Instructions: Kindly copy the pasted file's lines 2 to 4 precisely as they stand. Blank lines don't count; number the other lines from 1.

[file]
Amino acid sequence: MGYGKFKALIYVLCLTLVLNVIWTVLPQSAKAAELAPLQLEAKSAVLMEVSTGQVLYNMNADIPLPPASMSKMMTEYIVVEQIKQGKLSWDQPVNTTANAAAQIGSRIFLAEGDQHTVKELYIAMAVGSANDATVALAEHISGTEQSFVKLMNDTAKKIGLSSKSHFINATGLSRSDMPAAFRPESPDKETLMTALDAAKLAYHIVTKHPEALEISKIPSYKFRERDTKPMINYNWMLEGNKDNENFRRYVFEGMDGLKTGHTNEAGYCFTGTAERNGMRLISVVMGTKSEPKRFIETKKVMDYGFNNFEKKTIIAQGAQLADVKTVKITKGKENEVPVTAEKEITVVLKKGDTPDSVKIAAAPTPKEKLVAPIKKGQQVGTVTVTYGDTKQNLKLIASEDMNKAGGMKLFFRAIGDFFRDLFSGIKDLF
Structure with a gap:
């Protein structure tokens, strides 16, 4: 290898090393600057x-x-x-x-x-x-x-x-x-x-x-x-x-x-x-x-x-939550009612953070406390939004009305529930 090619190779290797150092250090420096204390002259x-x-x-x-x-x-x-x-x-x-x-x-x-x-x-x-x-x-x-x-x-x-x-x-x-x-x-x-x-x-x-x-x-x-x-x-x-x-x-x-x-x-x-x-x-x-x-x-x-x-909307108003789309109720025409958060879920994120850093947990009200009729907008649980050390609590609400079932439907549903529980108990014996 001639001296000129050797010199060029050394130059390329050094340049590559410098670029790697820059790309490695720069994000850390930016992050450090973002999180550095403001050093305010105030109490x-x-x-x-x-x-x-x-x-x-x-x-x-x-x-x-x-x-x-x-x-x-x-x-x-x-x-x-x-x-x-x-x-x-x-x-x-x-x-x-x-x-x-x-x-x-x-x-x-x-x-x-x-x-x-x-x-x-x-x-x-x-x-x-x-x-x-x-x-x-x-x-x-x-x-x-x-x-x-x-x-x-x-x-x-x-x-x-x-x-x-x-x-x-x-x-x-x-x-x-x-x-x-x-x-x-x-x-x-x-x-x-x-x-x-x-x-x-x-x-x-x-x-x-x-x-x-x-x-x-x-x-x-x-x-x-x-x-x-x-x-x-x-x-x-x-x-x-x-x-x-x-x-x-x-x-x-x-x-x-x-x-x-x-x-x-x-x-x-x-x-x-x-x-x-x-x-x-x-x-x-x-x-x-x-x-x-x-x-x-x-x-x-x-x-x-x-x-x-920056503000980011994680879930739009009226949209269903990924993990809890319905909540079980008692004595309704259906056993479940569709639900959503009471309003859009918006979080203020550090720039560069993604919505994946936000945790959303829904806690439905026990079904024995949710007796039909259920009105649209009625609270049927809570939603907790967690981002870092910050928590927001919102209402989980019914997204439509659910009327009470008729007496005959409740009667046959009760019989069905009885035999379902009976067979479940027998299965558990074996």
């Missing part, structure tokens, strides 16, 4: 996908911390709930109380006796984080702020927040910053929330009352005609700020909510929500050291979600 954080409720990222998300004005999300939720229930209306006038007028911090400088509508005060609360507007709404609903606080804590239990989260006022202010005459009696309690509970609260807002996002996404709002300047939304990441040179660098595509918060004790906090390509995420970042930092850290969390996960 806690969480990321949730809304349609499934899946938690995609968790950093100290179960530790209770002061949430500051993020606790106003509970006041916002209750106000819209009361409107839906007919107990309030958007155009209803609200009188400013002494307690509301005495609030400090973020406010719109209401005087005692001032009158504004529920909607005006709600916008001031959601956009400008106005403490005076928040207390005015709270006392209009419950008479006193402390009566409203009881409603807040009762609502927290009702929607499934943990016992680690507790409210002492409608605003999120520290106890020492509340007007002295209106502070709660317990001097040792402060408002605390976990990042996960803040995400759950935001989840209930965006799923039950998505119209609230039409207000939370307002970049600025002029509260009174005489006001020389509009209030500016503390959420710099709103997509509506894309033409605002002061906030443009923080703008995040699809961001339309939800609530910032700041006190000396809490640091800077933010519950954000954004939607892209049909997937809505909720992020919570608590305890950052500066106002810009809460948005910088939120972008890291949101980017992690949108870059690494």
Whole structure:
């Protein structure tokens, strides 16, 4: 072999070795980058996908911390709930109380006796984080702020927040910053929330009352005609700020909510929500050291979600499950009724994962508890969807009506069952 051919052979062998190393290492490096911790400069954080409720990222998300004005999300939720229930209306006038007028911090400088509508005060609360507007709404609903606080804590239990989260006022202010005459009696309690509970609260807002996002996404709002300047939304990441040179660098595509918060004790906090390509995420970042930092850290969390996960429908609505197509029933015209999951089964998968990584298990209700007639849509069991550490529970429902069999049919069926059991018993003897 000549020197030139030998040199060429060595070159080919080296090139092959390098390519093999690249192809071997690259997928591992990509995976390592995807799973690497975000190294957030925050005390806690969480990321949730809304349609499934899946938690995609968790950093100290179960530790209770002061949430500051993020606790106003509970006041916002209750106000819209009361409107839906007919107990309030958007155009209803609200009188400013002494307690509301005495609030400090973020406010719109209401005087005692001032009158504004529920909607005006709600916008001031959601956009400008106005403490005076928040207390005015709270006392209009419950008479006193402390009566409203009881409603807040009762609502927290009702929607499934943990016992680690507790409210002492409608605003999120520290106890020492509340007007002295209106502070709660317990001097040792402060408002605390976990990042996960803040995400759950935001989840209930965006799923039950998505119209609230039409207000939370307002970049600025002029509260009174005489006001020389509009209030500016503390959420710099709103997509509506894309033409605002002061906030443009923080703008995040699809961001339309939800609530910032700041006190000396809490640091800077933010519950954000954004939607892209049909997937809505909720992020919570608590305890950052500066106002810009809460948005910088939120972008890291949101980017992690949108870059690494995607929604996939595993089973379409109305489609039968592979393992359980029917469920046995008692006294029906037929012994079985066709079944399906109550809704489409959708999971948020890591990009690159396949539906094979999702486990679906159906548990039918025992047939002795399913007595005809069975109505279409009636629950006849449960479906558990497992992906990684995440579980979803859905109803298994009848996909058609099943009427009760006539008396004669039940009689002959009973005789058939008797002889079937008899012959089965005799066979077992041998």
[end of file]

Structure with a gap:
């Protein structure tokens, strides 16, 4: 290898090393600057x-x-x-x-x-x-x-x-x-x-x-x-x-x-x-x-x-939550009612953070406390939004009305529930 090619190779290797150092250090420096204390002259x-x-x-x-x-x-x-x-x-x-x-x-x-x-x-x-x-x-x-x-x-x-x-x-x-x-x-x-x-x-x-x-x-x-x-x-x-x-x-x-x-x-x-x-x-x-x-x-x-x-909307108003789309109720025409958060879920994120850093947990009200009729907008649980050390609590609400079932439907549903529980108990014996 001639001296000129050797010199060029050394130059390329050094340049590559410098670029790697820059790309490695720069994000850390930016992050450090973002999180550095403001050093305010105030109490x-x-x-x-x-x-x-x-x-x-x-x-x-x-x-x-x-x-x-x-x-x-x-x-x-x-x-x-x-x-x-x-x-x-x-x-x-x-x-x-x-x-x-x-x-x-x-x-x-x-x-x-x-x-x-x-x-x-x-x-x-x-x-x-x-x-x-x-x-x-x-x-x-x-x-x-x-x-x-x-x-x-x-x-x-x-x-x-x-x-x-x-x-x-x-x-x-x-x-x-x-x-x-x-x-x-x-x-x-x-x-x-x-x-x-x-x-x-x-x-x-x-x-x-x-x-x-x-x-x-x-x-x-x-x-x-x-x-x-x-x-x-x-x-x-x-x-x-x-x-x-x-x-x-x-x-x-x-x-x-x-x-x-x-x-x-x-x-x-x-x-x-x-x-x-x-x-x-x-x-x-x-x-x-x-x-x-x-x-x-x-x-x-x-x-x-x-x-x-920056503000980011994680879930739009009226949209269903990924993990809890319905909540079980008692004595309704259906056993479940569709639900959503009471309003859009918006979080203020550090720039560069993604919505994946936000945790959303829904806690439905026990079904024995949710007796039909259920009105649209009625609270049927809570939603907790967690981002870092910050928590927001919102209402989980019914997204439509659910009327009470008729007496005959409740009667046959009760019989069905009885035999379902009976067979479940027998299965558990074996």
């Missing part, structure tokens, strides 16, 4: 996908911390709930109380006796984080702020927040910053929330009352005609700020909510929500050291979600 954080409720990222998300004005999300939720229930209306006038007028911090400088509508005060609360507007709404609903606080804590239990989260006022202010005459009696309690509970609260807002996002996404709002300047939304990441040179660098595509918060004790906090390509995420970042930092850290969390996960 806690969480990321949730809304349609499934899946938690995609968790950093100290179960530790209770002061949430500051993020606790106003509970006041916002209750106000819209009361409107839906007919107990309030958007155009209803609200009188400013002494307690509301005495609030400090973020406010719109209401005087005692001032009158504004529920909607005006709600916008001031959601956009400008106005403490005076928040207390005015709270006392209009419950008479006193402390009566409203009881409603807040009762609502927290009702929607499934943990016992680690507790409210002492409608605003999120520290106890020492509340007007002295209106502070709660317990001097040792402060408002605390976990990042996960803040995400759950935001989840209930965006799923039950998505119209609230039409207000939370307002970049600025002029509260009174005489006001020389509009209030500016503390959420710099709103997509509506894309033409605002002061906030443009923080703008995040699809961001339309939800609530910032700041006190000396809490640091800077933010519950954000954004939607892209049909997937809505909720992020919570608590305890950052500066106002810009809460948005910088939120972008890291949101980017992690949108870059690494």